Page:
BATON ROUGE, LA (WVUE) - With the clock ticking fast towards a mandated adjournment this week, state lawmakers again find themselves in a race to give final approval to a balanced budget.
Legislators began the session with a $1.6 Billion shortfall in revenues for the fiscal year that begins July 1.
"Constant, robust negotiations are going on, every waking moment right now," said State Sen. J.P. Morrell, D-New Orleans.
Problem number one: the budget the house passed is not a carbon copy of the spending plan approved by the senate. Months earlier, the governor proposed a nearly $25 billion dollar budget.
"We obviously raised a lot of revenue in the senate," Sen. Morrell said. "The house has some problems with those sources of revenue. There is a wide gulf between where the house thinks the cigarette tax should be and where the senate knows the cigarette tax should be."
Rep. Austin Badon, D-New Orleans, initially proposed raising the cigarette tax over a dollar a pack. The house eventually approved raising it to 68-cents a pack, the senate 72-cents per pack.
"We tried to make them realize that we needed the increase to you know help offset the budget cuts," Badon said of opponents or lawmakers against a higher tax.
And hanging over lawmakers' heads is the firm threat from Governor Bobby Jindal to veto new taxes, or fees that are not offset by other tax cuts or spending reductions.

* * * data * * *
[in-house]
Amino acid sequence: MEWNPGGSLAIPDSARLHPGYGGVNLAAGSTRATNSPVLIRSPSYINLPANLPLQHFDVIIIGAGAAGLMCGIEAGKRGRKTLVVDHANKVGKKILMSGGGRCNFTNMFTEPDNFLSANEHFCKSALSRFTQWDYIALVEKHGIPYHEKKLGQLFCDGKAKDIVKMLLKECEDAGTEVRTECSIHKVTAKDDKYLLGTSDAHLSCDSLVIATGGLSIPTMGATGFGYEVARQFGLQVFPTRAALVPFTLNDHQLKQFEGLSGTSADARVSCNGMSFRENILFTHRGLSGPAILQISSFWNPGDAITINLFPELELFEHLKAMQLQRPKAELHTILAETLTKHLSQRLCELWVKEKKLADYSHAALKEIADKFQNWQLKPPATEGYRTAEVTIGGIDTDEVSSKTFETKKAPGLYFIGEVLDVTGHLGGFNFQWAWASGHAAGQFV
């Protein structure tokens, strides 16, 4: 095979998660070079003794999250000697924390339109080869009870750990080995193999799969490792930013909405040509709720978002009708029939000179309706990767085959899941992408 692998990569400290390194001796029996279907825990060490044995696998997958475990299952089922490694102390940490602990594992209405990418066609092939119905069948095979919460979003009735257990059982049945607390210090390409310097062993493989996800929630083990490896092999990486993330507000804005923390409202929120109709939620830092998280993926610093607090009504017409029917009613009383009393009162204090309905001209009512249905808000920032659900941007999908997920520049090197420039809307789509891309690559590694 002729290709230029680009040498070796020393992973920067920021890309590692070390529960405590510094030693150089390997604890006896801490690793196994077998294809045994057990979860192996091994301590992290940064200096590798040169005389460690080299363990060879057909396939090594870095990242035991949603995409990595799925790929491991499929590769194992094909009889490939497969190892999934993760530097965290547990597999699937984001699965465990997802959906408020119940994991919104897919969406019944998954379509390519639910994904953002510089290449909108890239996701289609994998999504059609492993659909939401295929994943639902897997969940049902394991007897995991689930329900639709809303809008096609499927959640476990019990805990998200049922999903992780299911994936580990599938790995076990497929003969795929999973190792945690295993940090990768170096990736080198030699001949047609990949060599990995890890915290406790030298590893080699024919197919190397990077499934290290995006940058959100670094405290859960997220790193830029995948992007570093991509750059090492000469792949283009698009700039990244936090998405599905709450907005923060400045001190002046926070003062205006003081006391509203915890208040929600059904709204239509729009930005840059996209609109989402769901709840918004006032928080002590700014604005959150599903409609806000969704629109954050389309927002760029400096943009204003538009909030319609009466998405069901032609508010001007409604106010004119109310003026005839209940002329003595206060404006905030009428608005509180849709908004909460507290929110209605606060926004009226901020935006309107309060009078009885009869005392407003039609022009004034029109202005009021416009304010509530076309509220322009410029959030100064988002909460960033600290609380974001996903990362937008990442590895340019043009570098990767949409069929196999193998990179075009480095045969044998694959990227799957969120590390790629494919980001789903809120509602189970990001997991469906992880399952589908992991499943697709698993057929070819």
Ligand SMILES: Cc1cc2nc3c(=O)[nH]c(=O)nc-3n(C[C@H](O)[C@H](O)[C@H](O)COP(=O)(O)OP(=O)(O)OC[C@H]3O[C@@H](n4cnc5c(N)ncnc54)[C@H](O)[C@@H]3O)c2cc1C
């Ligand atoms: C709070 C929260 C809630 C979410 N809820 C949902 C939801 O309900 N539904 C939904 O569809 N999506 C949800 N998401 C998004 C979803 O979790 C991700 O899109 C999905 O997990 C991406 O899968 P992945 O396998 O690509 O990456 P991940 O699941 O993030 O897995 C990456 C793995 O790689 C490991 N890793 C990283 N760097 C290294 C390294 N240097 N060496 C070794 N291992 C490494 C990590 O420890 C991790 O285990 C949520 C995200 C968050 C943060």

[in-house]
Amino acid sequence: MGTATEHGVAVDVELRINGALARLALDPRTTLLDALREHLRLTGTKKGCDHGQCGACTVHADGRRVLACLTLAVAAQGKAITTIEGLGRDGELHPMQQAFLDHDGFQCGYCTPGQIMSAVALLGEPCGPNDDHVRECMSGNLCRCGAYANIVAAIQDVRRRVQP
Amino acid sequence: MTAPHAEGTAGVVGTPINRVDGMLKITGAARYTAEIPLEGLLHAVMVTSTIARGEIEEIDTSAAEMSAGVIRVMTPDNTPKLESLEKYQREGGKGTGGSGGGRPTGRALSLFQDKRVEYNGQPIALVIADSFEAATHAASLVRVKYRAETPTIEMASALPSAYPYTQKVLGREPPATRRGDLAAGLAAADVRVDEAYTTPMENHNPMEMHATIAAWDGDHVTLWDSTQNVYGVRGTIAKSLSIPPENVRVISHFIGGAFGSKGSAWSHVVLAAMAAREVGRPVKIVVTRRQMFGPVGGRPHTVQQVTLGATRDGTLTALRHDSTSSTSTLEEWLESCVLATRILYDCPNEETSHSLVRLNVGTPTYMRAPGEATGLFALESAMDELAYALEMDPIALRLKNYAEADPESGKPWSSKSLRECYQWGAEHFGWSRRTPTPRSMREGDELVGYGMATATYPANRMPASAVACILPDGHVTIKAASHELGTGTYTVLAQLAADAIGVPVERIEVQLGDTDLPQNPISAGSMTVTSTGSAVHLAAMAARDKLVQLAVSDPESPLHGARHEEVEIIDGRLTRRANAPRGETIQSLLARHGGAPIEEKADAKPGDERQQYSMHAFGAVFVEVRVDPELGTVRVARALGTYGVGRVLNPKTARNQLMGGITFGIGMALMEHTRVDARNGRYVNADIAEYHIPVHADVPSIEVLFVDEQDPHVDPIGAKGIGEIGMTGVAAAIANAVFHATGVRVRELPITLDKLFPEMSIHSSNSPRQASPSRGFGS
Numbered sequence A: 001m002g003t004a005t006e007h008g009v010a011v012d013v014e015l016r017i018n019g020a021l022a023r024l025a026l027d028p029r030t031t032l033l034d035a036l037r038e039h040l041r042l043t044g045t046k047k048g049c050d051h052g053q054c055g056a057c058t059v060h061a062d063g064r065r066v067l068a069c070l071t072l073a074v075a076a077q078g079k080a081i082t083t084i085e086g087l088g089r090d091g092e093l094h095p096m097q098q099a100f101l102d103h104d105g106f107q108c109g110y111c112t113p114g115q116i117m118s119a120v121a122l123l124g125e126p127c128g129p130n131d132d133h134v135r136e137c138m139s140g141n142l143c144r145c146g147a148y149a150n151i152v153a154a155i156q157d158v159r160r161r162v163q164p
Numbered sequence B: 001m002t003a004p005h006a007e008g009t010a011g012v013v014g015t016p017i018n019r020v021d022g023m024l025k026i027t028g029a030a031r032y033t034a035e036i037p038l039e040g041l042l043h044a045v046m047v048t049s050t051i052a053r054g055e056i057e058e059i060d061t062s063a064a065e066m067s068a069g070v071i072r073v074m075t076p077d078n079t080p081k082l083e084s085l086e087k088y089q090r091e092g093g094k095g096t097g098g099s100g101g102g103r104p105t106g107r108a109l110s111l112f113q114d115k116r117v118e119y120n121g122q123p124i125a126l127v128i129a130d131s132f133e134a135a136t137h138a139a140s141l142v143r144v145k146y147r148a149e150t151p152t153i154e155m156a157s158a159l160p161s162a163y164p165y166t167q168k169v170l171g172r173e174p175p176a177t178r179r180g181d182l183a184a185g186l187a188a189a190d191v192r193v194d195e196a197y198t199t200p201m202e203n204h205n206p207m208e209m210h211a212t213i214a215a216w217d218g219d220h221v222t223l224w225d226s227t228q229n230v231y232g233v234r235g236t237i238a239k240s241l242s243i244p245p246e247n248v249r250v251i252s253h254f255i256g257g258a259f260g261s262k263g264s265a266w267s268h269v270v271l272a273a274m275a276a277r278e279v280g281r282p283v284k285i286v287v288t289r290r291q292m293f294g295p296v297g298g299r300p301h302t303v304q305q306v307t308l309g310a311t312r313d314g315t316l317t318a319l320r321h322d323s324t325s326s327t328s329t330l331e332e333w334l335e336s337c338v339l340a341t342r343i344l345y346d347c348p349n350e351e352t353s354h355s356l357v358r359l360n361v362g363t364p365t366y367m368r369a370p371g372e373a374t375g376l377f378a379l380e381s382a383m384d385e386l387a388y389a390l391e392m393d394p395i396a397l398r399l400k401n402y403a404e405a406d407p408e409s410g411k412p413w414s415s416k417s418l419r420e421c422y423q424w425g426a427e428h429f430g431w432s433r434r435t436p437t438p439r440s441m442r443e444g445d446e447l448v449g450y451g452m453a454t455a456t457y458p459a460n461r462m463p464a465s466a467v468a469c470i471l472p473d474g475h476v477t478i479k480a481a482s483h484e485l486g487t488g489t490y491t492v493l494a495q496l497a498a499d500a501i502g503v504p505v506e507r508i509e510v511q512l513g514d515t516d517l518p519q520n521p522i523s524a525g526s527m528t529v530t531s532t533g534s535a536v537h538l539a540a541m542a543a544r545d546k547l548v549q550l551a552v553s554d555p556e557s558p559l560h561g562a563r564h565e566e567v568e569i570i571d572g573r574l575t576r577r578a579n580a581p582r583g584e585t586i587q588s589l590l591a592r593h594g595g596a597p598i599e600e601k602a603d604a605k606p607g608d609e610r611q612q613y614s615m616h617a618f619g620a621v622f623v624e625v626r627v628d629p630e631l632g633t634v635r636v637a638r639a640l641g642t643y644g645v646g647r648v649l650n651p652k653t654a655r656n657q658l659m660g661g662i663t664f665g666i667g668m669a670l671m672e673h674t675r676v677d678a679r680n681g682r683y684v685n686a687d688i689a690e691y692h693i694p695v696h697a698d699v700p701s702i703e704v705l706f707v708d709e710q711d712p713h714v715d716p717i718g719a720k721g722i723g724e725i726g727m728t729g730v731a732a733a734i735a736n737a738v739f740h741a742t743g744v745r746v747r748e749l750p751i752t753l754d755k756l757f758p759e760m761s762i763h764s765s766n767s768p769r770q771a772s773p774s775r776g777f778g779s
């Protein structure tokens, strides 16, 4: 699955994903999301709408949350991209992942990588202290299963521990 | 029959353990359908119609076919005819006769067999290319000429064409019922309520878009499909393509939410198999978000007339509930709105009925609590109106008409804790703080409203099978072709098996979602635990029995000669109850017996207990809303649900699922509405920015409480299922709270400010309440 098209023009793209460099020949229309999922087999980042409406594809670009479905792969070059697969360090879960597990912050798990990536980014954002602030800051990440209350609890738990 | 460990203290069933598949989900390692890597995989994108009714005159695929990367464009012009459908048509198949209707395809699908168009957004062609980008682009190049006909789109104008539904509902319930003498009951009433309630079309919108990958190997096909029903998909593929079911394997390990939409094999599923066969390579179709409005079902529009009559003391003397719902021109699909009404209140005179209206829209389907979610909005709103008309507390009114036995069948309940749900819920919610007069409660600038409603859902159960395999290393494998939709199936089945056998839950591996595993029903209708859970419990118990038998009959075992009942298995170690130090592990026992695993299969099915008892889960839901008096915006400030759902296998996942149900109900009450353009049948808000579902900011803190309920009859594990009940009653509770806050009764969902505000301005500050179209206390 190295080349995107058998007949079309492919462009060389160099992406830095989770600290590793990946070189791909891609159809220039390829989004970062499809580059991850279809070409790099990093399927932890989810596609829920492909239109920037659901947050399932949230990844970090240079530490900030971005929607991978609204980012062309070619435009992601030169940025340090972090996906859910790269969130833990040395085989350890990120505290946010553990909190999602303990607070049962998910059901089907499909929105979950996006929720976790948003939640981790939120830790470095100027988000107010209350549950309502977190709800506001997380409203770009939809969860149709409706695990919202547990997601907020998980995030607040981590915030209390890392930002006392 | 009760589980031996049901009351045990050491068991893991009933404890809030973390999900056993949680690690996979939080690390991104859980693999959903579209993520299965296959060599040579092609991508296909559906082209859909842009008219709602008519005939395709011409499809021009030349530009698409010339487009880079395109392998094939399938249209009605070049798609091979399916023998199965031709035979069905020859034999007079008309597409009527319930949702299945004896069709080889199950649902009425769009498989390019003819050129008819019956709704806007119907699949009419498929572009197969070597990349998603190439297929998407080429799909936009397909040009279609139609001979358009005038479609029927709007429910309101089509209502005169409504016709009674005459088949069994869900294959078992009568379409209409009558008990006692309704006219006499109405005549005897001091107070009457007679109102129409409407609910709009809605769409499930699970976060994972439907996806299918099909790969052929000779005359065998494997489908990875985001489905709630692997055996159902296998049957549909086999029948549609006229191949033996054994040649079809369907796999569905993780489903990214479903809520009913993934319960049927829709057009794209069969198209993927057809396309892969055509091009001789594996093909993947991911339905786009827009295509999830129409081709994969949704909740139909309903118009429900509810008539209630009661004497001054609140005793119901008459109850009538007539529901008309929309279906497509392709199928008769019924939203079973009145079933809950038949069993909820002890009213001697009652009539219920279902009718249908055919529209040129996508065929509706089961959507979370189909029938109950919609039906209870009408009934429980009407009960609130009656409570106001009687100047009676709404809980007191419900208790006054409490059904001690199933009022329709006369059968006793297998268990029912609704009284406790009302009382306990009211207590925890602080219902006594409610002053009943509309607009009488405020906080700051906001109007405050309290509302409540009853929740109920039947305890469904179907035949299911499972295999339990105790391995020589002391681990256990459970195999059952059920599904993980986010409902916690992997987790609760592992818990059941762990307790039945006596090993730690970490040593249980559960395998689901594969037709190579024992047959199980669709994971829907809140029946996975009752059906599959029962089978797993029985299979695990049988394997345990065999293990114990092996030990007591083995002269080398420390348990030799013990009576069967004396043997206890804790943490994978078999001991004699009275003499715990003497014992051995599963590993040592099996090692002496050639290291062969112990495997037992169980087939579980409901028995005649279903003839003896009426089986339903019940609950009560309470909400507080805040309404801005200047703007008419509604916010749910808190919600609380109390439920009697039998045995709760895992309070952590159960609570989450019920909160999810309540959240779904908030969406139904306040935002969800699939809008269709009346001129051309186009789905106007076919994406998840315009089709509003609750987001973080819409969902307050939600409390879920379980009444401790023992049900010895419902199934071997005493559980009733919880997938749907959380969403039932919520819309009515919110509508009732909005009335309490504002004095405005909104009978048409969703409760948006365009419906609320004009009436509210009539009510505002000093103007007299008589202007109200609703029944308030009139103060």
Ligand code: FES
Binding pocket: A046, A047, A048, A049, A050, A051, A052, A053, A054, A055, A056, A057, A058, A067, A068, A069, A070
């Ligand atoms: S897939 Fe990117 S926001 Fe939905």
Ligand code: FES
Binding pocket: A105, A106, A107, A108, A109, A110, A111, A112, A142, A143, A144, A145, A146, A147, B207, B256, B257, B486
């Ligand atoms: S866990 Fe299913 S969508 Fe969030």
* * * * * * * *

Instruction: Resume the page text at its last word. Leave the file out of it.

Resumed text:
"The thing is, are you going to give him cover and avoid a veto session or avoid a special session and give him the cover, so we can do what's right for the Louisiana people," said Rep. Julie Stokes, R-Kenner.
But is Stokes prepared to provide such a covering to the governor.
"I may give him that cover, I'm undecided," she said.
And given the governor's stance on new taxes, some lawmakers are also talking about a possible veto override session, and at the very least some said a special session could be needed soon after the session ends.
"The governor has made a pledge that he will sign the budget, however, he can go in and do some line items and eliminate revenue, therefore that would precipitate the legislature coming back into a special session probably late July in order to find the revenue that he has cut," said Badon.
Still, in the remaining hours of the session, the back and forth negotiations continue, and some New Orleans area lawmakers are standing up for the film industry as legislation to trim film tax credits have yet to be finalized.
"I don't think that you can blame the movie tax credits for this… think it's reversed a lot of the brain drain, I've got productions in my district constantly," said Rep. Stokes.
And no matter what legislators said, they will end the session on Thursday at 6 p.m. with a balanced budget in accordance with state law.
"As long as a guy like [Sen.] John Alario over on the other side is convinced that he's walking out of here with a balanced budget my money is on that man," said Stokes.
Senate President Alario is viewed as an expert on the state budget and has spent decades in the legislature, serving in both the house and senate.